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Linux in a Windows World by Roderick W Smith

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Summary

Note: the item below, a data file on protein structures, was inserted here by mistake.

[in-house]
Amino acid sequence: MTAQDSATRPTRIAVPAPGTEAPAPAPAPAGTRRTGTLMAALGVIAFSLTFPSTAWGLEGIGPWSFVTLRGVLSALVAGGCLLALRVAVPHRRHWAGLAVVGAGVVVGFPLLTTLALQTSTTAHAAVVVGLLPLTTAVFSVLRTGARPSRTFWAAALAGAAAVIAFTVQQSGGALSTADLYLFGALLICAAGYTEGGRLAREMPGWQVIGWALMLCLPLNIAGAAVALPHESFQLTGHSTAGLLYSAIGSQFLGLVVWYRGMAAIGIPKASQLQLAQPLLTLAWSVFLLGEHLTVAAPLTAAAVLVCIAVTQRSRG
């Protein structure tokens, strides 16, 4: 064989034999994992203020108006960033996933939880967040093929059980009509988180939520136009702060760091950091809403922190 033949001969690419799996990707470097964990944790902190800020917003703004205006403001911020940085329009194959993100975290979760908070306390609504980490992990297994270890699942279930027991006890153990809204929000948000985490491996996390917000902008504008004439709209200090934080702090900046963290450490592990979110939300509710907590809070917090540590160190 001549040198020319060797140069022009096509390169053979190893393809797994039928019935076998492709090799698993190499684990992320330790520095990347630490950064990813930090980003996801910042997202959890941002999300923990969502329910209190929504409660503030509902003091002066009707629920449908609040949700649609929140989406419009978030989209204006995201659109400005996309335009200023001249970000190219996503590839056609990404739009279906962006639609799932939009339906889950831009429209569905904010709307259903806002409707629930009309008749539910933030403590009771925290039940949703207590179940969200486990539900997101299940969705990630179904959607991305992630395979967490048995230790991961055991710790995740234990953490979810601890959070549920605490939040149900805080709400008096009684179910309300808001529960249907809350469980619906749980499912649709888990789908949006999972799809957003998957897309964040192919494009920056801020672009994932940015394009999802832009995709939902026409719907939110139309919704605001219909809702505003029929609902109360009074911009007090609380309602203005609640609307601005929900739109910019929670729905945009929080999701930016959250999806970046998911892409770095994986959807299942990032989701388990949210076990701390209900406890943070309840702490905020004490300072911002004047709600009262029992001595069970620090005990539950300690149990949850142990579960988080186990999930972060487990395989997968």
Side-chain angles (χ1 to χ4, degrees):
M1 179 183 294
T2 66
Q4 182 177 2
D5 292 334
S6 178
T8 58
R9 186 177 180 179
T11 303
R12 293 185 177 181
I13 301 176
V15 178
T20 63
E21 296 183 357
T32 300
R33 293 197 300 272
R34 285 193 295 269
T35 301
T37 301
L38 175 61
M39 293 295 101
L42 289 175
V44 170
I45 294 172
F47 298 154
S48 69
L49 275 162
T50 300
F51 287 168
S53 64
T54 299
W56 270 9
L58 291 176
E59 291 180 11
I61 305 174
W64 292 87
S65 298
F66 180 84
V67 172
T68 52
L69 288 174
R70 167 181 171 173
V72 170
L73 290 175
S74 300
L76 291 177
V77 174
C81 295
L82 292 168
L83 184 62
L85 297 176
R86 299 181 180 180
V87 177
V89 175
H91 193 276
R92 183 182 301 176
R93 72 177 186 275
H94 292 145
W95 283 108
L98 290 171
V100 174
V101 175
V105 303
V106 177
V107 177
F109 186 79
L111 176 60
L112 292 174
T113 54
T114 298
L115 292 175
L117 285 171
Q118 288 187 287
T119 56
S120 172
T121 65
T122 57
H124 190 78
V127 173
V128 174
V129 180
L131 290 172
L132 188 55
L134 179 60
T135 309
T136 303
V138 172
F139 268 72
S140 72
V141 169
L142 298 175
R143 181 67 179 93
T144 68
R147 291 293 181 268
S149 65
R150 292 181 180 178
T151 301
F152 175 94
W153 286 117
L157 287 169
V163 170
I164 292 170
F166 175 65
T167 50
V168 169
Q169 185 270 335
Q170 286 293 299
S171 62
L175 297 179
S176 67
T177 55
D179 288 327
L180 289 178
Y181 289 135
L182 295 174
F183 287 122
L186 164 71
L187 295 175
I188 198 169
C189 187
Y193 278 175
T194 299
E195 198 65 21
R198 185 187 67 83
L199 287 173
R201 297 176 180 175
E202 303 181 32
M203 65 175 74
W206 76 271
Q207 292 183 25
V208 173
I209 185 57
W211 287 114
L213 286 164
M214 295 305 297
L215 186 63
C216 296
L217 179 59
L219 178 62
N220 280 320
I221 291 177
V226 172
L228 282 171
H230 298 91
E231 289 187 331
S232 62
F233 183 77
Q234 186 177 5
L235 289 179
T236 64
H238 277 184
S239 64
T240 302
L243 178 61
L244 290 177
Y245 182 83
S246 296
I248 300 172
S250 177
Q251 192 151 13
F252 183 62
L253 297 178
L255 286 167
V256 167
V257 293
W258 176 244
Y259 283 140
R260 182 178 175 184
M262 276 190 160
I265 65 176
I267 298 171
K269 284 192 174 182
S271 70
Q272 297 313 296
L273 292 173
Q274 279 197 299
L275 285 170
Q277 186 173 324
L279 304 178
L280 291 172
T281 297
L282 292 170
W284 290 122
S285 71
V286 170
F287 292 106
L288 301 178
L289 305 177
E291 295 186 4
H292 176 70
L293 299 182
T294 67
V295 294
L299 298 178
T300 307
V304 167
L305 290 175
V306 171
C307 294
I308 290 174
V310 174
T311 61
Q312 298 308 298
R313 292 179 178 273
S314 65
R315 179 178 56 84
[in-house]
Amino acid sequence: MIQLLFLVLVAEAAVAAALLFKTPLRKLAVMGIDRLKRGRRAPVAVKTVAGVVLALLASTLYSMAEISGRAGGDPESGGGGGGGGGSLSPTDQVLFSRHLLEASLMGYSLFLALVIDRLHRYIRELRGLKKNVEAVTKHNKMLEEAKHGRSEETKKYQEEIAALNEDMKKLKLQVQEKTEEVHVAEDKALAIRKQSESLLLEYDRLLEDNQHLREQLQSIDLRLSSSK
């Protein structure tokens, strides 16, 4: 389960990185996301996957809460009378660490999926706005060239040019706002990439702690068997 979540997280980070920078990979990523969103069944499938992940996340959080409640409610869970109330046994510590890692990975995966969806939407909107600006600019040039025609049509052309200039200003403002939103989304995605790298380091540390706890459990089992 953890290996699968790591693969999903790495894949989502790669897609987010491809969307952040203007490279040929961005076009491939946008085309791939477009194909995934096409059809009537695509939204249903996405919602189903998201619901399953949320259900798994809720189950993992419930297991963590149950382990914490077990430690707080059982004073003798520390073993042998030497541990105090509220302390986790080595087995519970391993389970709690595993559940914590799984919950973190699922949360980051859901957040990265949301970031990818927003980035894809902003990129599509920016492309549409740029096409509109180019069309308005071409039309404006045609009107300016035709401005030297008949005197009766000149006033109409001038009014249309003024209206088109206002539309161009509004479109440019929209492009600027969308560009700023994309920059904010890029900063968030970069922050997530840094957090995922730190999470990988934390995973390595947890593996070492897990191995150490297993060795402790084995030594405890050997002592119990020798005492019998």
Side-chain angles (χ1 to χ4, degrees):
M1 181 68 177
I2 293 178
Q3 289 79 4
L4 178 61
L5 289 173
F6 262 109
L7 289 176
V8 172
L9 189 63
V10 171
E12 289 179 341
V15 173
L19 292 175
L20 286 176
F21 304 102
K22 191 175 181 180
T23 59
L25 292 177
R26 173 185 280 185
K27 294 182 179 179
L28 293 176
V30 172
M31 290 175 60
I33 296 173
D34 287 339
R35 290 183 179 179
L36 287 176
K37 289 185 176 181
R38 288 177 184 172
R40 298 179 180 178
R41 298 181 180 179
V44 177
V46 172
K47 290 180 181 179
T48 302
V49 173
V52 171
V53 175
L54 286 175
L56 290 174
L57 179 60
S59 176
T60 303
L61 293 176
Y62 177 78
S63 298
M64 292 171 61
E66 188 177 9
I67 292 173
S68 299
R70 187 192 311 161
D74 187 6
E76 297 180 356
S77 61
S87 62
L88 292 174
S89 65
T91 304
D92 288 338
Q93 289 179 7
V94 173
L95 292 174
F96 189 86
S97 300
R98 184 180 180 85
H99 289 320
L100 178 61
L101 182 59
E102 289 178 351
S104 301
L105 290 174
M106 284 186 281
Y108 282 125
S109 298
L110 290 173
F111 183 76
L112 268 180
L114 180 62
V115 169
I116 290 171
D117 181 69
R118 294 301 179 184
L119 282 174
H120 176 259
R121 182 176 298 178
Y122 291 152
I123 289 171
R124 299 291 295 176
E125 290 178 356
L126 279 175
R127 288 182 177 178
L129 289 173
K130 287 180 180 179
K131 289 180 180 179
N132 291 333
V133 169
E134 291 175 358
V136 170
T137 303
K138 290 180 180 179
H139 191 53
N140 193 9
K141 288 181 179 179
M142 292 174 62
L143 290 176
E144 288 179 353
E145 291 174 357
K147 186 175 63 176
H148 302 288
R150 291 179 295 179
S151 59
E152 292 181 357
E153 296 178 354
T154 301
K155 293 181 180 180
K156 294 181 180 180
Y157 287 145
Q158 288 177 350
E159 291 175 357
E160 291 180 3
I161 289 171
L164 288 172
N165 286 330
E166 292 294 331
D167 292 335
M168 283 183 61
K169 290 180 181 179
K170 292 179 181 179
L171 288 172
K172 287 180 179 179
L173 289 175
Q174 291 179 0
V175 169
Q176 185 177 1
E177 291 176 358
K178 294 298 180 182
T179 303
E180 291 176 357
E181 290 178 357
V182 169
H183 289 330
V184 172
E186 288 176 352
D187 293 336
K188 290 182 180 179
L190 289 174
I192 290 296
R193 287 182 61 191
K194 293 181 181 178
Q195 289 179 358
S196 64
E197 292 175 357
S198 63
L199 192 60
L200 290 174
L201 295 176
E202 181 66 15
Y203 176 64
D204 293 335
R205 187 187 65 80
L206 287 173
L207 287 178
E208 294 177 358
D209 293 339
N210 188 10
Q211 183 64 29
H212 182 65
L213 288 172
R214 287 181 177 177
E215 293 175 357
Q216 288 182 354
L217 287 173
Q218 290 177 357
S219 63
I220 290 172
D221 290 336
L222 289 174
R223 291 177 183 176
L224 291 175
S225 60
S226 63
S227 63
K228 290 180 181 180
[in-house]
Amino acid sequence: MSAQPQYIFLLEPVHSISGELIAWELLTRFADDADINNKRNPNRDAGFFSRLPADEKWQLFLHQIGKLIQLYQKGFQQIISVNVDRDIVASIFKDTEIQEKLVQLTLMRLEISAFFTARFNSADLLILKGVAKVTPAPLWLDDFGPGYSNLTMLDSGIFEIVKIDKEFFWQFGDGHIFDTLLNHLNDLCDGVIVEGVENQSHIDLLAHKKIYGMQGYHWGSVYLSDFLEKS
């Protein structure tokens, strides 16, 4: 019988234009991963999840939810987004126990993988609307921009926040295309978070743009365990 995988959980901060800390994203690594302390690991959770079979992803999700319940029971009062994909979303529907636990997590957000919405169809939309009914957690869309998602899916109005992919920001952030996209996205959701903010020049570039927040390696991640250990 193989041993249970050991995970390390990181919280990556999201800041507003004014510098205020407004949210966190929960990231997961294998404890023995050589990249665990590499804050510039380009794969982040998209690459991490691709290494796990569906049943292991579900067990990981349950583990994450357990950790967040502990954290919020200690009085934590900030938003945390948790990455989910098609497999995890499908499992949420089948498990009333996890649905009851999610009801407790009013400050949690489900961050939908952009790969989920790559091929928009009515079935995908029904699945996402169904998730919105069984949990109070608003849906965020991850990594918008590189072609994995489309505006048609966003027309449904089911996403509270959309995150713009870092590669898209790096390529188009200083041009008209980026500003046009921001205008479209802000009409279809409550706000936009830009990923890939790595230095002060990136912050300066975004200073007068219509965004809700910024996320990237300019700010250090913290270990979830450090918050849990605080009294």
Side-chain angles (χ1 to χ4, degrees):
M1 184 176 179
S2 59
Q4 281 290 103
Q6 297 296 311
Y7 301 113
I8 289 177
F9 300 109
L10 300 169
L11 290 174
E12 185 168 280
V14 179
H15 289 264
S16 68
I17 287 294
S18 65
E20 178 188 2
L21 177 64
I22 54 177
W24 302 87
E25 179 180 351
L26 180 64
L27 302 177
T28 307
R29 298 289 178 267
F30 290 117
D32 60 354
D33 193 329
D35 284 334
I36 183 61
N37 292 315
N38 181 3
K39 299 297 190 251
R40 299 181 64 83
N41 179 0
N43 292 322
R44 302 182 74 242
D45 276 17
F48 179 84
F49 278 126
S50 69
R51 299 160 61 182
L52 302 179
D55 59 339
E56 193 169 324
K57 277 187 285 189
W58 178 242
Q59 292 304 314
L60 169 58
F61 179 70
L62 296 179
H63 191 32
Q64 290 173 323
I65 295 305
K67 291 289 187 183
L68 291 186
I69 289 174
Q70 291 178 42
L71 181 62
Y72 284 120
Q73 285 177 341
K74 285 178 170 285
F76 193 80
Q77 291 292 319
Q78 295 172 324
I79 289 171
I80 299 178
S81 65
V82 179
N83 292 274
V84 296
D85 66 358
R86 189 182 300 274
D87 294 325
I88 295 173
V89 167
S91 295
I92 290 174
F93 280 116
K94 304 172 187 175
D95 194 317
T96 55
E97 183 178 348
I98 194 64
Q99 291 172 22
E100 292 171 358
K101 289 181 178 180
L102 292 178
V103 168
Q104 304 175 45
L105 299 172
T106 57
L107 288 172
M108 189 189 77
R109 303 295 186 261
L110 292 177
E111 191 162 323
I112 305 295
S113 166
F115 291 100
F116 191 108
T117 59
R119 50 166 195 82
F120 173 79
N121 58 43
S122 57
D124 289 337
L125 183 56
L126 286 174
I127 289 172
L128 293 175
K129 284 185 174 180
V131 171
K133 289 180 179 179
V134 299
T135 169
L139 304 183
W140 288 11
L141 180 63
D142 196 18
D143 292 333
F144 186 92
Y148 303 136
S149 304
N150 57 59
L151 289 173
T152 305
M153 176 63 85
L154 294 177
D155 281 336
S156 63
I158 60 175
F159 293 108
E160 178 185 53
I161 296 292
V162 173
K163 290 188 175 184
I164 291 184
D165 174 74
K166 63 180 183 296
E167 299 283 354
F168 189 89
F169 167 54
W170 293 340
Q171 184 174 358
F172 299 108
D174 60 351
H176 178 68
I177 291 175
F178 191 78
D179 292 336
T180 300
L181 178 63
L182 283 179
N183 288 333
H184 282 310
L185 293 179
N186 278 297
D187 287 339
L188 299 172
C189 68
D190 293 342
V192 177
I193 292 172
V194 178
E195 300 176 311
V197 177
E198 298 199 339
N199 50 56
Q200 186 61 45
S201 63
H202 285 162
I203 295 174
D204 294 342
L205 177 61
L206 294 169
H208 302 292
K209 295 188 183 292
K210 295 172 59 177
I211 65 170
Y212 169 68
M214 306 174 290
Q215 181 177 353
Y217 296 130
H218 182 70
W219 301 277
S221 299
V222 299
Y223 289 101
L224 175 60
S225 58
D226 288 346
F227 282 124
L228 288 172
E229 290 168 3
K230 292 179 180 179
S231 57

Remote text-mode logins have been around for a long time, and they remain useful tools, particularly for accessing Linux systems. Ordinary users can use text-mode logins to perform various tasks, but they may be more important as remote administrative tools, enabling you to handle tasks at a distance that would otherwise be tedious or require your physical presence. Telnet has long been a popular remote login protocol, but SSH has eclipsed it, at least in security-conscious circles, because of SSH’s support for encryption. Although Telnet variants with encryption are available, they’re harder to find than SSH. For the most part, remote text-mode access tools are best used to access Linux from clients that can run just about any OS, but text-mode login servers for Windows are also available. These tools are much more limited in their utility, however, because of the more GUI-centric nature of Windows user programs and system administration tools.

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